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It’s All Good, Love: The Tale of the Catfish Bot

It finally happened to me. One year, four dates, three women, one man, and it was all good until I swiped right on a catfish. Tinder has had so many fake profiles that they’ve attempted to deter them by having users take a live photograph of themselves. Once approved by the Tinder powers-that-be, a user is given a blue check which, allegedly, is proof that the person is real. Somehow, the hackers have found a way to circumvent this blue check. There are multiple terms we need to break down when dealing with duds. 

First off are the fake profiles. Fake profiles account for about 75% of the total profiles on Tinder. It’s usually a real person with a fake picture of someone else. Boo to them. Secondly, there are the dating bots. Dating-app bots are coded software to simulate a “chat” with users.  These are easier to detect because they don’t know natural language or slang. The dating bots on Tinder are trying to get something out of others. Most are seeking financial gain by either trying to get a person to send money or an Amazon card. 

Others may try to entice a user to follow a link to a website with naked pictures you have to pay money to see. 

Then there’s the old-school catfish. These are the ones who have been looking for love in all the wrong places. They make up not only the scorned, but ‘the good, bad and the ugly’ of dating apps. For whatever reason, catfish users not only like to mess with you for the pure unadulterated joy of it, but this ploy makes them feel better about themselves.

Because my life is like a movie, I won the triumvirate. I came across a dating bot with a fake profile hiding behind a catfish. If you recall my introduction, I claimed many intersections. Because of my many intersections, I choose to be open-minded. 

The old school catfish is looking for love in all the wrong places.

My profile is simple enough. I have the rainbow flag symbol as an easy opener followed by my likes and the kind of person I’m interested in meeting. A line later, I have my hobbies listed, what I say no to (being a unicorn or part of some other messy situationship) and follow that up with: if you not cool with BLM, swipe left. 

So when this fine-ass white dude swiped left on me, I was like okaayyyy! Let’s try it out. I thought I had the bots first line figured out. They come out the box with “what are you looking for?” And I know right away that this was not only a bot, but one that didn’t read my bio at all. Bots can’t read, they can only respond with a canned answer.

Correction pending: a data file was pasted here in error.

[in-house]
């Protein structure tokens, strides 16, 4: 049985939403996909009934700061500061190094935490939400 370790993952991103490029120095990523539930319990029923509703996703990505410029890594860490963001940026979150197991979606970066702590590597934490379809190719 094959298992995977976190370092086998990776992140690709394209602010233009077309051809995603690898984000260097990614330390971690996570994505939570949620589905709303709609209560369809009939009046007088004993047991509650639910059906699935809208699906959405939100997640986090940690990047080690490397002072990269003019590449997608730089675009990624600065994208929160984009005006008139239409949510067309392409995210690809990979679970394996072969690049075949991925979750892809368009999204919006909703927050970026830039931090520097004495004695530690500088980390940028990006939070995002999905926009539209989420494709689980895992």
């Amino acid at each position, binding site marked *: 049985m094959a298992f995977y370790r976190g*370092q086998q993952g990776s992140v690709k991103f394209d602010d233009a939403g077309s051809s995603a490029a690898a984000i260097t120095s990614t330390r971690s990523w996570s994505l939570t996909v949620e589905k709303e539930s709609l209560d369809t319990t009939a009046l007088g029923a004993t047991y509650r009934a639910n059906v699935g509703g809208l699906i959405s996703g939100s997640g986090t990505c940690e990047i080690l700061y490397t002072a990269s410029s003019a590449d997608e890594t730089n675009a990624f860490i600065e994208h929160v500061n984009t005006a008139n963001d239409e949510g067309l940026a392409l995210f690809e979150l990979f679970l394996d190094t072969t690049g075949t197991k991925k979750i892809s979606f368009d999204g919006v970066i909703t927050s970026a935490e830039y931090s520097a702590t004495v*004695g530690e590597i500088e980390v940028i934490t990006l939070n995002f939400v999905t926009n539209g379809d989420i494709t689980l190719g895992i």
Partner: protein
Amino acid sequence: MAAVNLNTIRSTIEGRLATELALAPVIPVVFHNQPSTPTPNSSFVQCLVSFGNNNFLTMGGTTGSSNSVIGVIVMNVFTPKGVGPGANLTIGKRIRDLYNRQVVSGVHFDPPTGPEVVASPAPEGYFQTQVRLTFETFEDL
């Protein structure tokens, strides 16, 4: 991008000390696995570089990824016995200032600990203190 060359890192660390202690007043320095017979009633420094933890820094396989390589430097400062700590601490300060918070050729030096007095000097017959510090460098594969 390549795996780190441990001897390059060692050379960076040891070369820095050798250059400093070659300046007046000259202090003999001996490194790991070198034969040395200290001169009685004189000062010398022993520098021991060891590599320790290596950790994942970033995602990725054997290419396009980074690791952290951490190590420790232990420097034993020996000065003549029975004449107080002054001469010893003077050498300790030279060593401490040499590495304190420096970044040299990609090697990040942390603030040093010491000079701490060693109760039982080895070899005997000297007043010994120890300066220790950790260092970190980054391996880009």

Now, let’s keep it hot. Although I’m open-minded and waving the rainbow, there’s one group that does not holla at me. Fine ass white guys. Especially fine ass white guys named Pat Ellen. Yes the fake-fish-bot went by the name Pat. I’m thinking what you’re thinking, he must be Irish. Naturally I was also thinking, ‘I’m about to Google him.’ 

No such person existed: a Pat Ellen obituary came up, RIP to her. I couldn’t find anyone with that name, and now I was heated. I went back to the long conversation we had on the app. His responses started to sound like someone who did not speak English as their first language. When I asked where he was from he put: Burlington? 

Who puts a question mark after their city? I started to feel some kind of way until he started sending sexy pictures to distract my investigations. 

The images were very enticing. So much so that I shared some to my best friend who’s also skimming the dating app world. She sent the “tell me more” eye emoji which egged me on to find out more. By now, he was sending me regular text messages to start off the day. Still, I couldn’t allow myself to believe he was real. I figured I’d go to the horse’s mouth. I asked ‘who are you really? Of course he answered ‘Pat.’  It occurred to me to ask the fail safe question. 

Let’s FaceTime?

He responded ‘at work’, then sent a smiling face in work clothes. 

Goodie goodie gumdrop! Now I knew how to catch the fish. I asked him to take his shirt off, a reasonable request as he worked on a hot summer day outside. The WhatsApp message was left on read for hours. 

Later that night, as I was chilling with friends, a FaceTime call came through! My heart went into drum major mode. Then I saw him. 

The Nigerian prince check scammer turned catfish bot: a fine ass white dude he was not.


June “Moon” Sadler (pronoun – June) is a queer storyteller utilizing all media to deliver pop culture laced oral and written herstory. 
June’s writing is a prayer, a rhythmic verse bundled in melodies wandering the musical galaxies between soul and hip hop. June’s current projects are 5dnc.org, a documentary on North Carolina creatives, and Hello Amazing, a sound healing and meditation app.
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